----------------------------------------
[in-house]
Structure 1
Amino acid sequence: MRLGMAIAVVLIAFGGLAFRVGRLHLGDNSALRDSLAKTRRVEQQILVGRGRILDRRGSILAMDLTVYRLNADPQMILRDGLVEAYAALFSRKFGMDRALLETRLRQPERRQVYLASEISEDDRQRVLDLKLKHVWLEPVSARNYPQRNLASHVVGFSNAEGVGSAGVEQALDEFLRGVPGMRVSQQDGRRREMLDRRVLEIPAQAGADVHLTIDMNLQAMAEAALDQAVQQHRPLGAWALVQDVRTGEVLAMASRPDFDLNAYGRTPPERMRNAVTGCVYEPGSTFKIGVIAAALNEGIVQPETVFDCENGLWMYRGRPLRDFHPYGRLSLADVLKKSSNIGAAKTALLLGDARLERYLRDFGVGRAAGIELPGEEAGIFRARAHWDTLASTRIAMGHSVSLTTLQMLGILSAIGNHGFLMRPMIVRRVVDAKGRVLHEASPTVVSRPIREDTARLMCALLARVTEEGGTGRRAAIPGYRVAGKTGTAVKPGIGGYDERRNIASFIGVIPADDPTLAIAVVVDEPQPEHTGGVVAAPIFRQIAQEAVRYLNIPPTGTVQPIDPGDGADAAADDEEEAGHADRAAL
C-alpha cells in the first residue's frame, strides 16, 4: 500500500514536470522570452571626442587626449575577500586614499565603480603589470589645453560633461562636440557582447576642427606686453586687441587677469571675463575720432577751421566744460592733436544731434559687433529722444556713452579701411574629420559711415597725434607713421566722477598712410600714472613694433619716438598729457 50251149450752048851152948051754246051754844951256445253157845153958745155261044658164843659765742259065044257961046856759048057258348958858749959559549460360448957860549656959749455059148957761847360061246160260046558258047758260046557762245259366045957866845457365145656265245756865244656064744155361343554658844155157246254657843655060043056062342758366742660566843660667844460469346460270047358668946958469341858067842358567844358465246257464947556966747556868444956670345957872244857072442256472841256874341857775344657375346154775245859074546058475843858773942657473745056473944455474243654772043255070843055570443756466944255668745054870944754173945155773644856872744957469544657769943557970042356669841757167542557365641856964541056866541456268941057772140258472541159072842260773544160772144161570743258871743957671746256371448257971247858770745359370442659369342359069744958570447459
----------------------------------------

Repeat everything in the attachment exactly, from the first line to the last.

[in-house]
Structure 1
Amino acid sequence: MRLGMAIAVVLIAFGGLAFRVGRLHLGDNSALRDSLAKTRRVEQQILVGRGRILDRRGSILAMDLTVYRLNADPQMILRDGLVEAYAALFSRKFGMDRALLETRLRQPERRQVYLASEISEDDRQRVLDLKLKHVWLEPVSARNYPQRNLASHVVGFSNAEGVGSAGVEQALDEFLRGVPGMRVSQQDGRRREMLDRRVLEIPAQAGADVHLTIDMNLQAMAEAALDQAVQQHRPLGAWALVQDVRTGEVLAMASRPDFDLNAYGRTPPERMRNAVTGCVYEPGSTFKIGVIAAALNEGIVQPETVFDCENGLWMYRGRPLRDFHPYGRLSLADVLKKSSNIGAAKTALLLGDARLERYLRDFGVGRAAGIELPGEEAGIFRARAHWDTLASTRIAMGHSVSLTTLQMLGILSAIGNHGFLMRPMIVRRVVDAKGRVLHEASPTVVSRPIREDTARLMCALLARVTEEGGTGRRAAIPGYRVAGKTGTAVKPGIGGYDERRNIASFIGVIPADDPTLAIAVVVDEPQPEHTGGVVAAPIFRQIAQEAVRYLNIPPTGTVQPIDPGDGADAAADDEEEAGHADRAAL
C-alpha cells in the first residue's frame, strides 16, 4: 500500500514536470522570452571626442587626449575577500586614499565603480603589470589645453560633461562636440557582447576642427606686453586687441587677469571675463575720432577751421566744460592733436544731434559687433529722444556713452579701411574629420559711415597725434607713421566722477598712410600714472613694433619716438598729457 50251149450752048851152948051754246051754844951256445253157845153958745155261044658164843659765742259065044257961046856759048057258348958858749959559549460360448957860549656959749455059148957761847360061246160260046558258047758260046557762245259366045957866845457365145656265245756865244656064744155361343554658844155157246254657843655060043056062342758366742660566843660667844460469346460270047358668946958469341858067842358567844358465246257464947556966747556868444956670345957872244857072442256472841256874341857775344657375346154775245859074546058475843858773942657473745056473944455474243654772043255070843055570443756466944255668745054870944754173945155773644856872744957469544657769943557970042356669841757167542557365641856964541056866541456268941057772140258472541159072842260773544160772144161570743258871743957671746256371448257971247858770745359370442659369342359069744958570447459